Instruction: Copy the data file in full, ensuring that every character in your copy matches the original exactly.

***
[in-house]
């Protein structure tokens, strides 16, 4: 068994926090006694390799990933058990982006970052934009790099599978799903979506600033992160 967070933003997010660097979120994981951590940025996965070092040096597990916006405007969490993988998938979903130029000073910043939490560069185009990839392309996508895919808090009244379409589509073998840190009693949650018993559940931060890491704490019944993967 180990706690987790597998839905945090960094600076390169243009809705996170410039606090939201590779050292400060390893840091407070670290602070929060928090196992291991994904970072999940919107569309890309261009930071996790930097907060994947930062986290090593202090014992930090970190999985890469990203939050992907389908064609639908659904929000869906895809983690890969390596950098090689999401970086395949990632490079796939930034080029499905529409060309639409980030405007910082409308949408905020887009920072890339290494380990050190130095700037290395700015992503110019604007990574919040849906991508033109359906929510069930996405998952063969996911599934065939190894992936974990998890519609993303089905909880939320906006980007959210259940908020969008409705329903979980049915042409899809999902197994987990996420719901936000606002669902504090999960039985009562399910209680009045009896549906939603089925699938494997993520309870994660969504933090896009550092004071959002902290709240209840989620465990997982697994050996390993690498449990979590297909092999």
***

[in-house]
């Protein structure tokens, strides 16, 4: 068994926090006694390799990933058990982006970052934009790099599978799903979506600033992160 967070933003997010660097979120994981951590940025996965070092040096597990916006405007969490993988998938979903130029000073910043939490560069185009990839392309996508895919808090009244379409589509073998840190009693949650018993559940931060890491704490019944993967 180990706690987790597998839905945090960094600076390169243009809705996170410039606090939201590779050292400060390893840091407070670290602070929060928090196992291991994904970072999940919107569309890309261009930071996790930097907060994947930062986290090593202090014992930090970190999985890469990203939050992907389908064609639908659904929000869906895809983690890969390596950098090689999401970086395949990632490079796939930034080029499905529409060309639409980030405007910082409308949408905020887009920072890339290494380990050190130095700037290395700015992503110019604007990574919040849906991508033109359906929510069930996405998952063969996911599934065939190894992936974990998890519609993303089905909880939320906006980007959210259940908020969008409705329903979980049915042409899809999902197994987990996420719901936000606002669902504090999960039985009562399910209680009045009896549906939603089925699938494997993520309870994660969504933090896009550092004071959002902290709240209840989620465990997982697994050996390993690498449990979590297909092999």